Room 222: Season 1, Episode 1

Richie's Story (17 Sep. 1969)

TV Episode  -   -  Comedy | Drama | Family
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In the pilot episode (which opens as essentially a continuation of the scenes in the opening credits), Pete Dixon teaches history in Room 222 at Walt Whitman High School. Principal Seymour ... See full summary »



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Title: Richie's Story (17 Sep 1969)

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Episode cast overview, first billed only:
Howard Rice ...
Roy Stuart ...
Mr. Stuart
Heshimu ...
Jason Allen
Jan Shutan ...
Sidney Clute ...
Judy Strangis ...
Helen Loomis
Pendrant Netherly ...
Al Cowley (as Pandrant Netherly)
Michael Gray ...
Student in Pete's Class
Brad David ...
Student in Pete's Class
Pamela Peters Solow ...
Laura (as Pam Peters)
Maggie King ...
Student in Pete's Class


In the pilot episode (which opens as essentially a continuation of the scenes in the opening credits), Pete Dixon teaches history in Room 222 at Walt Whitman High School. Principal Seymour Kaufman introduces Pete to Alice Johnson, a perky but painfully insecure student teacher. Pete's most enthusiastic student is Richie Lane, who goes so far as to dress a lot like Pete and even takes roll in his absence. But Guidance Counselor Liz McIntire has discovered some disturbing news about Richie -- the home address he submitted is fake, suggesting that he may not live in the school district, and therefore might be ineligible to keep attending Whitman. Written by aldanoli

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Comedy | Drama | Family




Release Date:

17 September 1969 (USA)  »

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Technical Specs


Sound Mix:

(RCA Sound Recording)


Aspect Ratio:

1.33 : 1
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Did You Know?


Near the end of the talk that Pete Dixon (Lloyd Haynes) has with Richie (Howard Rice) in the park, Pete extends his left arm toward Richie. During the rest of the shots of Pete he apparently has his hand on Richie's right shoulder, but in the reverse shots, except at the very end of their conversation, Richie is standing some distance away without Pete's arm on his shoulder. See more »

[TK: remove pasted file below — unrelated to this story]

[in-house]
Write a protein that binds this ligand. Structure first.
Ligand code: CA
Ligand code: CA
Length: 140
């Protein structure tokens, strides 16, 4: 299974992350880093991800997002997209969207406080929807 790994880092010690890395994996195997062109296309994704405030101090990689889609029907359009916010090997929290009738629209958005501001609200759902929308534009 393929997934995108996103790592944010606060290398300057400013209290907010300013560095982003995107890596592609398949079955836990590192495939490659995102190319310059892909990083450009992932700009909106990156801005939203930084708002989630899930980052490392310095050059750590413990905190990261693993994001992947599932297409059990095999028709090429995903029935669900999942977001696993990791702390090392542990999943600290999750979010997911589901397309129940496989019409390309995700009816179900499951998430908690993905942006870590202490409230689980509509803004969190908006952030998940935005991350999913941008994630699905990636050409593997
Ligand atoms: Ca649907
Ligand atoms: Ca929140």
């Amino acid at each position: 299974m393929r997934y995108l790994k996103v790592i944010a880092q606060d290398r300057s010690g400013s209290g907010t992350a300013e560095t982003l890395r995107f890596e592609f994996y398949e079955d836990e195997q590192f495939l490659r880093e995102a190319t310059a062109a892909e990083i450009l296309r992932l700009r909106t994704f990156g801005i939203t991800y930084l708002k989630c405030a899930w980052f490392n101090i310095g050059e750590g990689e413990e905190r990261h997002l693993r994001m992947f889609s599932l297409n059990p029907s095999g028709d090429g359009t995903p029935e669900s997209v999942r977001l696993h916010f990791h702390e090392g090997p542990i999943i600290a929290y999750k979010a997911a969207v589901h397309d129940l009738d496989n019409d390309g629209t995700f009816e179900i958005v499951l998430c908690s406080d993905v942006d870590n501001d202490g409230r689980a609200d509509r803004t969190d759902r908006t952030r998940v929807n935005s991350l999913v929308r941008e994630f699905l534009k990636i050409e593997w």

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User Reviews

Premier Episode for the Series
12 December 2010 | by (Ukiah, California) – See all my reviews

"Richie's Story" is the first episode for "Room 222," and although it has the feeling of being slightly overstuffed with plot, characters, and social commentary, it's nevertheless a good introduction to those characters, their interrelationships, and the kind of stories that this series would present during its five-year run. For anyone who first picked up the series later in the season (or during the rest of its time on the air), this episode has something of the feeling of coming home, because the four title characters -- history teacher Pete Dixon (Lloyd Haynes), guidance counselor Liz McIntire (Denise Nicholas), Principal Seymour Kaufman (Michael Constantine) and Alice Johnson (Karen Valentine) are all dressed in the same clothes as in the opening titles. In fact, the first scene after the titles is a long tracking shot through the main office as we're introduced to the first three, and then we follow Pete into his eponymous home room -- where the class is almost a little too eager to learn.